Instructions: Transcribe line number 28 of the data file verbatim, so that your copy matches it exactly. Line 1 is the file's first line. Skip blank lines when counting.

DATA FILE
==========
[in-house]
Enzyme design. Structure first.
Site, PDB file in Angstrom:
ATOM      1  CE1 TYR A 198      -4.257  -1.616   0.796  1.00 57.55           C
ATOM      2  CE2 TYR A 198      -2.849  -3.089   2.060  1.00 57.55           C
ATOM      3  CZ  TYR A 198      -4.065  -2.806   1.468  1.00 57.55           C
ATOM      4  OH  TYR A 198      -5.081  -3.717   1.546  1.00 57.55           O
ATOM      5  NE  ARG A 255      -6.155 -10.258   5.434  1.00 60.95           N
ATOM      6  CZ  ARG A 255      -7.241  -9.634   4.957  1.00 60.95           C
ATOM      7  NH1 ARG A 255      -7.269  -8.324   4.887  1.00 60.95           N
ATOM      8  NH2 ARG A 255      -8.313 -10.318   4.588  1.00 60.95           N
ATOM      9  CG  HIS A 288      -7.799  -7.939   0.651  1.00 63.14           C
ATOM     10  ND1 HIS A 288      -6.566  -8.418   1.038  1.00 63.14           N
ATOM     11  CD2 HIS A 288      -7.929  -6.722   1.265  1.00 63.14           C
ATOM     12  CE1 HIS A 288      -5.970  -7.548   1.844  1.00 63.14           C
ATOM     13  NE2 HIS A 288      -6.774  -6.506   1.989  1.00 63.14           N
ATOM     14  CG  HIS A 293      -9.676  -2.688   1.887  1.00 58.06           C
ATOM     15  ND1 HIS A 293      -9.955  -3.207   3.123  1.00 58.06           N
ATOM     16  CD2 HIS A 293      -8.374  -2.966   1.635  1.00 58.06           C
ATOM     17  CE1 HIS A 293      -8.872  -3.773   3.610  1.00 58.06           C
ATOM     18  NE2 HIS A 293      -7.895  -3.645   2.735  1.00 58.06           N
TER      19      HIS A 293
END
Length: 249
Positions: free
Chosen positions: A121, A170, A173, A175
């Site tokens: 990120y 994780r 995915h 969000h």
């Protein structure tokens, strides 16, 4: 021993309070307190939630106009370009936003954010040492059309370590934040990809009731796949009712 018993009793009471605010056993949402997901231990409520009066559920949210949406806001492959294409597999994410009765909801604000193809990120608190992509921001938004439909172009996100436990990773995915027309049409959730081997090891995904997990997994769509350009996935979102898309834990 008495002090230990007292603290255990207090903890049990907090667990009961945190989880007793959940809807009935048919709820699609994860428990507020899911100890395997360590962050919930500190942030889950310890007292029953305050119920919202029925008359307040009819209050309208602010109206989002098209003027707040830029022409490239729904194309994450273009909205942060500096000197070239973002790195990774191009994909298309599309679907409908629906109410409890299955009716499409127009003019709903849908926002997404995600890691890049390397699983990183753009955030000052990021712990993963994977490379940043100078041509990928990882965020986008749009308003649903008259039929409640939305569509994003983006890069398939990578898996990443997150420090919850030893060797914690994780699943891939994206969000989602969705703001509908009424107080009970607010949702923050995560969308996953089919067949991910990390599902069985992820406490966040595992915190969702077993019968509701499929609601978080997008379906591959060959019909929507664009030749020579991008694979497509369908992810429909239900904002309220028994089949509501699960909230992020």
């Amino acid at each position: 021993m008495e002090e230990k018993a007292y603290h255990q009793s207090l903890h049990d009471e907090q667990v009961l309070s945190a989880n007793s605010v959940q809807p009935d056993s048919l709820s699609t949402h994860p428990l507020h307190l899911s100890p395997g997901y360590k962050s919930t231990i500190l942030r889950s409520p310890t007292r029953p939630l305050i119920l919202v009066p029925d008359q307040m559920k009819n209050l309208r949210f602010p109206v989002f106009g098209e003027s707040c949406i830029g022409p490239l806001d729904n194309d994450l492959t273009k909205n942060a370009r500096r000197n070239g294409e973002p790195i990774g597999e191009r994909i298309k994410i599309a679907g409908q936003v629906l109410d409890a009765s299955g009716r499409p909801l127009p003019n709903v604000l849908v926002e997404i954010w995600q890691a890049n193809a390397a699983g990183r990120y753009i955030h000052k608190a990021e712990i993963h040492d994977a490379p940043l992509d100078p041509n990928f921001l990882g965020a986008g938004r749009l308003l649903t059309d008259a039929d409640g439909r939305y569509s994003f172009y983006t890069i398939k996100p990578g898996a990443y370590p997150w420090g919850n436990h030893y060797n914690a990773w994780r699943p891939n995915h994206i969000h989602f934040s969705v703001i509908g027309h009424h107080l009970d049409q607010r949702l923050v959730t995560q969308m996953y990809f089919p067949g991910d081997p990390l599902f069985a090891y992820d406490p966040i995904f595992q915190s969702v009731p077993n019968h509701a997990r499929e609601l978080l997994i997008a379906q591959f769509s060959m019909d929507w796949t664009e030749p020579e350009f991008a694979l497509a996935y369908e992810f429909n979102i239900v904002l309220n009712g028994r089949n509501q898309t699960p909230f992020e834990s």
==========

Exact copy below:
């Protein structure tokens, strides 16, 4: 021993309070307190939630106009370009936003954010040492059309370590934040990809009731796949009712 018993009793009471605010056993949402997901231990409520009066559920949210949406806001492959294409597999994410009765909801604000193809990120608190992509921001938004439909172009996100436990990773995915027309049409959730081997090891995904997990997994769509350009996935979102898309834990 008495002090230990007292603290255990207090903890049990907090667990009961945190989880007793959940809807009935048919709820699609994860428990507020899911100890395997360590962050919930500190942030889950310890007292029953305050119920919202029925008359307040009819209050309208602010109206989002098209003027707040830029022409490239729904194309994450273009909205942060500096000197070239973002790195990774191009994909298309599309679907409908629906109410409890299955009716499409127009003019709903849908926002997404995600890691890049390397699983990183753009955030000052990021712990993963994977490379940043100078041509990928990882965020986008749009308003649903008259039929409640939305569509994003983006890069398939990578898996990443997150420090919850030893060797914690994780699943891939994206969000989602969705703001509908009424107080009970607010949702923050995560969308996953089919067949991910990390599902069985992820406490966040595992915190969702077993019968509701499929609601978080997008379906591959060959019909929507664009030749020579991008694979497509369908992810429909239900904002309220028994089949509501699960909230992020």